Did This Medieval Sword Actually Belong To Ivan The Terrible?

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Ever since this 12th century blade was discovered under a tree in 1975, archeologists have wondered how it got all the way from Sweden to Siberia. A controversial new theory suggests it belonged to none other than Ivan the Terrible — one of history's most notorious figures.

The German-built sword was accidentally discovered buried in Novosibirsk region, the only weapon of its kind ever found in Siberia. The beautifully engraved weapon was originally made in central Europe (most likely in the Rhine basin of Germany) before going to the Swedish mainland, or the island of Gotland, where it was adorned with an ornate silver handle and Norse ruse pattern.


How it ended up in Siberia is an enduring mystery, but a Russian historian speculates that it eventually came into the hands of Ivan the Terrible, and that it entered into the royal armoury as a gift at the time of the conquest of Siberia.


Ivan the Terrible was the first tsar of Russia, ruling from 1533 to 1584. He acquired vast amounts of land, including the conquest of the khanates of Kazan, Astrakhan and, as noted, Siberia. Ivan also created a centrally controlled Russian state that was imposed by military dominance and terror.

The Siberian Times reports:

There has been widespread debate about how the sword ended up in Russia, with assumptions it was either carried along a trade route, or taken as a spoil of war from skirmishes in the region. In one of the hypothesis, Academician [Vyacheslav] Molodin has suggested the blade - currently stored in the collections of the Institute of Archaeology and Ethnography in Novosibirsk - could have been taken from Ivan the Terrible's armoury and brought to Siberia by the legendary warrior Ivan Koltso, ahead of the conquest of the region.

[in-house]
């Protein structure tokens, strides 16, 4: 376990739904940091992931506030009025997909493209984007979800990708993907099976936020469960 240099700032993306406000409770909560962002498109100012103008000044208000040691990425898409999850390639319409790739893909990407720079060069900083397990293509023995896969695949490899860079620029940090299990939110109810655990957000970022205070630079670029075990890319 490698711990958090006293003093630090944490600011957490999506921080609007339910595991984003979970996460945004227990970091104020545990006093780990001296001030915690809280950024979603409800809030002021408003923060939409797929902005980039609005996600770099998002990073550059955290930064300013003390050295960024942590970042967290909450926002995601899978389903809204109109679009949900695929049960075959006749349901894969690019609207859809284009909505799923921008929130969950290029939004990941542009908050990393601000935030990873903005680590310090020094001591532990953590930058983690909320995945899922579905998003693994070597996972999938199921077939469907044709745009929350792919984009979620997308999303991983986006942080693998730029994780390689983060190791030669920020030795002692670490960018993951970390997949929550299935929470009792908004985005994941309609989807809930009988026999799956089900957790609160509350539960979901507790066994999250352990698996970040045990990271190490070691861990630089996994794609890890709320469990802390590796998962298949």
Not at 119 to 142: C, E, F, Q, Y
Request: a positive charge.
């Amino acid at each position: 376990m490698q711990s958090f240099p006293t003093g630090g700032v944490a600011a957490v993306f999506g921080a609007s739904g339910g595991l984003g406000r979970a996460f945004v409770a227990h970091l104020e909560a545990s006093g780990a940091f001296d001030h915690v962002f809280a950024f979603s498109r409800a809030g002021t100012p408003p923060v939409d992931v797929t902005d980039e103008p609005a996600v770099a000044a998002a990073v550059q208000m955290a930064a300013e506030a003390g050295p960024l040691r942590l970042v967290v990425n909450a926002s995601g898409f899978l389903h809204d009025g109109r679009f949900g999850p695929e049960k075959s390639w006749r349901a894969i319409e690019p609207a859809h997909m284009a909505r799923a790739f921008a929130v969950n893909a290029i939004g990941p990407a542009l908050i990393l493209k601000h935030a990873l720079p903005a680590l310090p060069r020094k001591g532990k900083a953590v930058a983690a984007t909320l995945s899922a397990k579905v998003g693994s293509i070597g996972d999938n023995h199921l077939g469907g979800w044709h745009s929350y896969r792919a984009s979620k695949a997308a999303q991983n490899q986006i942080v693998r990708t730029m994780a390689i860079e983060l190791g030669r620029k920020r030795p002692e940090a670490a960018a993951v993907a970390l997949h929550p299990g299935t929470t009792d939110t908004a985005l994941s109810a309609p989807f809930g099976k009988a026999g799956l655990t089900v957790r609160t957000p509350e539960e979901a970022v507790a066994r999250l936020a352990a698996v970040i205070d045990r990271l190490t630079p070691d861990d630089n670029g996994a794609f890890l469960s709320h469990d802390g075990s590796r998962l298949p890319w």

It was during Ivan's reign in the late 16th century that Russia started large scale exploration and colonisation of Siberia. Cossack leader Yermak Timofeyevich was hired to take on the Tatar forces under Khan Kuchum and Murza Karachi and lead the eastward expansion of the empire, with the sword a possible gift from the Kremlin.

The sword was uncovered at the base of a tree in the Baraba forest-steppe, less than three kilometres from where it is thought Koltso, Yermak's closest ally, died in battle. He was declared hero in February 1583, with church bells ringing out in Moscow, when it was announced he and Yermak had taken the capital of the Siberian Khanate, Kashlyk. But his new-found celebrity status did not last long, and he was killed with 40 men during an ambush 18 months later.


Another theory is that it was carried during trade missions. By the mid 12th century, there was an ancient northern path through Russia to the River Ob, called the Russky Tes.


Alternately, it could have travelled east as a result of bartering, or as a spoil of war from battles between the Turkic people of the steppe and the nomadic Urgic population of the Siberian taiga.

Much more at The Siberian Times, including more photos and an explanation behind the sword's inscriptions.


Images: Siberian Times.